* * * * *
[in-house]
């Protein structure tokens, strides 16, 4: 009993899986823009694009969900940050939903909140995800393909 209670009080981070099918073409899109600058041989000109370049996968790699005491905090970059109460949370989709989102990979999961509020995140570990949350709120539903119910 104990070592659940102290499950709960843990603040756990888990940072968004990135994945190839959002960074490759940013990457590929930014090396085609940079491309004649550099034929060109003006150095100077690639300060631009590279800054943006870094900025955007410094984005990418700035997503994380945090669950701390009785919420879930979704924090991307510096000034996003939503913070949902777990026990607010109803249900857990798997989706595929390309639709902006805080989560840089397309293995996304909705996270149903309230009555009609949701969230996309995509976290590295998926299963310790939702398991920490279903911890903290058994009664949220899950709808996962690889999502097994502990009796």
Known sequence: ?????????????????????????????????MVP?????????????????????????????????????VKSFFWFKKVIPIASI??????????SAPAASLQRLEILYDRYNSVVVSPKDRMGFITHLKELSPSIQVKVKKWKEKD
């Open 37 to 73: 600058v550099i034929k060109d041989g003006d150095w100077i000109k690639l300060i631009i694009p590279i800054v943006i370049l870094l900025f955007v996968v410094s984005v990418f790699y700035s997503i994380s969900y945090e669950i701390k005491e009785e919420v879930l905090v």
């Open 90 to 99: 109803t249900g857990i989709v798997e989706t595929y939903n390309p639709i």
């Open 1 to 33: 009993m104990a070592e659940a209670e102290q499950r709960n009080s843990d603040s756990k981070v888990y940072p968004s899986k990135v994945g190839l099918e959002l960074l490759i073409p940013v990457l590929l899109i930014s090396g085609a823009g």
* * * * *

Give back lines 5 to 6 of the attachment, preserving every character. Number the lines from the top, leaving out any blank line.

């Open 90 to 99: 109803t249900g857990i989709v798997e989706t595929y939903n390309p639709i």
């Open 1 to 33: 009993m104990a070592e659940a209670e102290q499950r709960n009080s843990d603040s756990k981070v888990y940072p968004s899986k990135v994945g190839l099918e959002l960074l490759i073409p940013v990457l590929l899109i930014s090396g085609a823009g």